Kanji / kana change in meaning?

I was checking out usage of 羨む on Jisho and it gave me this sentence:

他人のことをうらやんでいたら幸せはならない。
Well, I thought that was a cool one to know so I tried reiterating it back into google translate - never a reliable source of grammar info but good for easy checking, I find… Anyway, it gave me slightly different translations depending solely on whether I used the kanji or kana for 羨む
他人のことをうらやんでいたら幸せはならない。You can’t be happy if you’re envious of others.
他人のことを羨んでいたら、幸せはならない。 If you envy other people, you can’t be happy.

Now clearly they are both just about the same, but not quite. I’m interested to know whether this is just a “Googletranslatism” or is there a grammatical / usage difference between using kanji and kana here? And if there is a difference, is there a general point?

Thank you for any help here :grinning:

This is just a Googletranslatism.

Google Translate particularly struggles with hiragana.

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Kanji can change the meaning, usually by narrowing down a particular nuance (for instance, つける or 付ける or 点ける), but your example is just an artifact of google translate being machine translation that is just doing stuff without much thought.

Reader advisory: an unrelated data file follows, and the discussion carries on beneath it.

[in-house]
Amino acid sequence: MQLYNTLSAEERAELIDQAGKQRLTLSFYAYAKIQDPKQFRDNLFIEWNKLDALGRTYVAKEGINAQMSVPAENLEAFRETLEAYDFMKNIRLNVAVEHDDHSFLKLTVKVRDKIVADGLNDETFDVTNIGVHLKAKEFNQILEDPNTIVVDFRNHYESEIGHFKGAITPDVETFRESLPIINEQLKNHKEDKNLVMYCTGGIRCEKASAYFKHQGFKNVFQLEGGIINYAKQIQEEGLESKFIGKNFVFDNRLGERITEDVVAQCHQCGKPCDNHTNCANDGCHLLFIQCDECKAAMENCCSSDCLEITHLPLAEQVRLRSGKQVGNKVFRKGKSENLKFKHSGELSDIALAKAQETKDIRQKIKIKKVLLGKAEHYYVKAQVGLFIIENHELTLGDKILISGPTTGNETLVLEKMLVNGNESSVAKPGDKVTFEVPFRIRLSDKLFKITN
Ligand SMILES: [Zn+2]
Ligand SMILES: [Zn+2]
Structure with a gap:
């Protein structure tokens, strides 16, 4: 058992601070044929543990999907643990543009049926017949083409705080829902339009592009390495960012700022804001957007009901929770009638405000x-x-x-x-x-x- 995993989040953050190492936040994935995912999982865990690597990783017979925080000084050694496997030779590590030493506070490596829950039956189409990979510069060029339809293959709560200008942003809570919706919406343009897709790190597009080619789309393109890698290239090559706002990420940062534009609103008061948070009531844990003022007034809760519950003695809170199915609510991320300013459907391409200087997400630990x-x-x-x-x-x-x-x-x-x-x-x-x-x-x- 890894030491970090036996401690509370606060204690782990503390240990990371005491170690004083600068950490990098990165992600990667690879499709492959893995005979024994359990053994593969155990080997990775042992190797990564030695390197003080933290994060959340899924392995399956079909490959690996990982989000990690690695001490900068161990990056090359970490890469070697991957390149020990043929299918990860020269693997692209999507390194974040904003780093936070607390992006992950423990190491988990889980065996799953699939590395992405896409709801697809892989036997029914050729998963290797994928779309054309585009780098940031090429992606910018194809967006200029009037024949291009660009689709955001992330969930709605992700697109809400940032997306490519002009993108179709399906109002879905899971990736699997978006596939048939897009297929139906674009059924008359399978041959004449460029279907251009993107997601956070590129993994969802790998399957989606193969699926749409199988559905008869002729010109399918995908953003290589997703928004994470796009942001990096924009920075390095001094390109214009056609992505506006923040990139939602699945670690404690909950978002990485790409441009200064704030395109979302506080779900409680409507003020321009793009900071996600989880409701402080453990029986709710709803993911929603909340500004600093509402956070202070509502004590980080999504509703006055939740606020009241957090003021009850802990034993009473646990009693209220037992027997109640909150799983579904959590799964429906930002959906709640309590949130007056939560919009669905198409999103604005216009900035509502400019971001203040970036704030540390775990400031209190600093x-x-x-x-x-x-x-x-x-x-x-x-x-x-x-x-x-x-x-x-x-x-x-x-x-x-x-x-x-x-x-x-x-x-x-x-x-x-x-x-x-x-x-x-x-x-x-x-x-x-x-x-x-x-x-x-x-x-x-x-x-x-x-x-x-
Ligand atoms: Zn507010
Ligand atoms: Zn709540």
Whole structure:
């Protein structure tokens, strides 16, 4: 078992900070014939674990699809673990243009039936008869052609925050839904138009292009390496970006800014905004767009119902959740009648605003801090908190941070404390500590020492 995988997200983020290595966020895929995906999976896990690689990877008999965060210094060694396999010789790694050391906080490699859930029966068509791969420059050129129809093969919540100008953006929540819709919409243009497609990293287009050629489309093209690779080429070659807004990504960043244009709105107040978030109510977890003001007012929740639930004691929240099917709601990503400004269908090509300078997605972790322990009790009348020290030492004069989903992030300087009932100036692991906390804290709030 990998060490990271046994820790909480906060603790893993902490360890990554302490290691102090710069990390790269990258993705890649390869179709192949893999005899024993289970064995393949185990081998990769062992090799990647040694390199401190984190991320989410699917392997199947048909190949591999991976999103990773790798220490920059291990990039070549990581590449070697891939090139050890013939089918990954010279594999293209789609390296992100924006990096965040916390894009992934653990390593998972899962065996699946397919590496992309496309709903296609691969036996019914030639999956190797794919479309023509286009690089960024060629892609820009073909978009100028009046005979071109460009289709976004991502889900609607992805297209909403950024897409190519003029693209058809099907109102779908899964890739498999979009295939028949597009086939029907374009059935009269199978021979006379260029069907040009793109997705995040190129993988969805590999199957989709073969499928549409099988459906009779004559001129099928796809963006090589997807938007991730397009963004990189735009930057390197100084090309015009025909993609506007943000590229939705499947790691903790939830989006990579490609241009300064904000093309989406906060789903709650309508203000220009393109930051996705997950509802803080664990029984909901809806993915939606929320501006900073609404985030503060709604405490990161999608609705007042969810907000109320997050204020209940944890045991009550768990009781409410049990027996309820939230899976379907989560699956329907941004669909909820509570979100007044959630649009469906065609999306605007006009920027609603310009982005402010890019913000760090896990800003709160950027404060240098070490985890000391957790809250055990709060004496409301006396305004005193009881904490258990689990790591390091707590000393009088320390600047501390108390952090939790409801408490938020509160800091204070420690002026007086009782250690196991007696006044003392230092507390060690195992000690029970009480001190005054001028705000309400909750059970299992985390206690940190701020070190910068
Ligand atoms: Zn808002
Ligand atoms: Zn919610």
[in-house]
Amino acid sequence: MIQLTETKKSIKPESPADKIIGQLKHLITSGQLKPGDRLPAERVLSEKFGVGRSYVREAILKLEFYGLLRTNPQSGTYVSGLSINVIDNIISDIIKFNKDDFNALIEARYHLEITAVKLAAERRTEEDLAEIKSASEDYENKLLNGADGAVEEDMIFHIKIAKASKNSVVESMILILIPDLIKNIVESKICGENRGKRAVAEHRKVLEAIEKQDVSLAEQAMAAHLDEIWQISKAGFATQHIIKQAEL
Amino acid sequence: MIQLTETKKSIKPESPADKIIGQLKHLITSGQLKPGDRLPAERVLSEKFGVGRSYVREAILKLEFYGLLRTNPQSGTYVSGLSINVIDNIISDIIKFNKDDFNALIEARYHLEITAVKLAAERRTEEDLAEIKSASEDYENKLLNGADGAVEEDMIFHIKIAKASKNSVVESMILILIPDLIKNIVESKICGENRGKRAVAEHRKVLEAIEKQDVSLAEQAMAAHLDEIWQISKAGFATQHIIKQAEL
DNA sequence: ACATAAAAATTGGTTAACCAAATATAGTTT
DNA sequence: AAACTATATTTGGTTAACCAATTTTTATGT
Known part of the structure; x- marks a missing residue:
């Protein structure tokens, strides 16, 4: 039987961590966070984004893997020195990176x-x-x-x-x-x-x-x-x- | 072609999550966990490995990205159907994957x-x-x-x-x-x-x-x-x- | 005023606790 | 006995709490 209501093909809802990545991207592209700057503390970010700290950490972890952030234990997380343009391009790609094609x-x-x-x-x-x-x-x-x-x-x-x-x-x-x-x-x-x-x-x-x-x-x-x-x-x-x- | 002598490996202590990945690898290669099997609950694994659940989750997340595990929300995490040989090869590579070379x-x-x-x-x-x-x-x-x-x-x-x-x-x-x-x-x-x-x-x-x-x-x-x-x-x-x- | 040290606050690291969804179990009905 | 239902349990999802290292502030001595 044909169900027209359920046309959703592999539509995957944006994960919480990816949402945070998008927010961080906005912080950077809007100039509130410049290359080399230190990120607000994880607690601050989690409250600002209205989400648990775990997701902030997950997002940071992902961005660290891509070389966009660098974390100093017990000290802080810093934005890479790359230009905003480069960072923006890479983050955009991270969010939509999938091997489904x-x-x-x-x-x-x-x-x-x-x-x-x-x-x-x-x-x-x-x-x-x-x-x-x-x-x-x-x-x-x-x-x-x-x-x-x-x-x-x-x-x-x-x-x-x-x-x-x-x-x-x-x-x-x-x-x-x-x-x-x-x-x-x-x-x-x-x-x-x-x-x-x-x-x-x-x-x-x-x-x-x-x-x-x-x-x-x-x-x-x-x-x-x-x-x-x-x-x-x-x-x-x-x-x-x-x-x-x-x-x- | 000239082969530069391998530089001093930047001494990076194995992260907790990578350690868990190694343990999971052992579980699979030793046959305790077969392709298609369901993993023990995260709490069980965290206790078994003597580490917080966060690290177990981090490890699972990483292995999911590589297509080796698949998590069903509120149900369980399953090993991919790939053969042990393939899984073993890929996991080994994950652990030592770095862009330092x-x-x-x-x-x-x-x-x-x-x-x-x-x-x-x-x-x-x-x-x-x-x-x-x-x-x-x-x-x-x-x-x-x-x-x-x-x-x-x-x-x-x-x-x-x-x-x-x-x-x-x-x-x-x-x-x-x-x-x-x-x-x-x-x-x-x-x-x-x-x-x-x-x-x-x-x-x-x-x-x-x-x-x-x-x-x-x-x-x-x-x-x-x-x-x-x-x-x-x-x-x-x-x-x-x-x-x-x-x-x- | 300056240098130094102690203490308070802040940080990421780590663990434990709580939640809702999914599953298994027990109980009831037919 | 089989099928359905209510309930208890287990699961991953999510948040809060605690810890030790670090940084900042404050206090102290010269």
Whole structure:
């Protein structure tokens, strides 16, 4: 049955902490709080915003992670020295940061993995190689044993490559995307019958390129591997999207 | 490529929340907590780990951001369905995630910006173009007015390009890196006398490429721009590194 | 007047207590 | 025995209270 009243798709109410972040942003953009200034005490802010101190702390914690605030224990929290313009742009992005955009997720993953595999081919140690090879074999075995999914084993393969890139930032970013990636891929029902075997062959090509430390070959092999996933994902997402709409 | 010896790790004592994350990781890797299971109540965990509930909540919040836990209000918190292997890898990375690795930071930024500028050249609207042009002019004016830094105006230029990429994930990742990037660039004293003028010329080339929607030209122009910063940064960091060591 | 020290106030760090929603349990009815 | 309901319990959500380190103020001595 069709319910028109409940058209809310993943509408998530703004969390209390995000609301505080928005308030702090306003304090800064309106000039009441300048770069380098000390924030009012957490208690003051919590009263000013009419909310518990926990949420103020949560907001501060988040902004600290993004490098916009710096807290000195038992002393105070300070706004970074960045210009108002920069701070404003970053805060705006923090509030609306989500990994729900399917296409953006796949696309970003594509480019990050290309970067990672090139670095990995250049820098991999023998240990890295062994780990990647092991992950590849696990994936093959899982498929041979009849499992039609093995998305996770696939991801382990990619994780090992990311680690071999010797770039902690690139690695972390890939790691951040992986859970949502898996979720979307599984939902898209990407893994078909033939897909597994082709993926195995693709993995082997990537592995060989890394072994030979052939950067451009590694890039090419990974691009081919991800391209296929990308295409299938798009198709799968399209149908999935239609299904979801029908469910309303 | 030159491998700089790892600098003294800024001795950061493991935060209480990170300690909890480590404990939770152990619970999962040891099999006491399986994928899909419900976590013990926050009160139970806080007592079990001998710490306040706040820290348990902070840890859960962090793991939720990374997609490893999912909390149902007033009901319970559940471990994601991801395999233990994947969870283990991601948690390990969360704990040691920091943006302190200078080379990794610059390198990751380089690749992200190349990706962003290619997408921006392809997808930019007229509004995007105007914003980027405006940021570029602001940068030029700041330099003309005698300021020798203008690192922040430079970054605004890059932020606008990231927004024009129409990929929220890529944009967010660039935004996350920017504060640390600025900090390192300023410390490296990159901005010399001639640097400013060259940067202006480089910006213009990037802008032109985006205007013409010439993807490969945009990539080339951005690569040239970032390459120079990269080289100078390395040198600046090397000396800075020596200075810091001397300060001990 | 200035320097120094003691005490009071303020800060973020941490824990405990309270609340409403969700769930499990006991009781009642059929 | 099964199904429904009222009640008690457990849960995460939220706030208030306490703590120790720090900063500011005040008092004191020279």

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Although I preferred the translation when it was the hiragana version.

Might I suggest using DeepL as opposed to Google translate. You’ll find less of these machine translation artefacts, and get a more accurate translation to boot!

I tried it with these sentences and got the exact same translationg (You can’t be happy if you envy others.) both times.

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Thank you Matskye, I have not come across DeepL before and will give it a go, although how can I gladly relinquish the absurdity and joy that Google translate brings…

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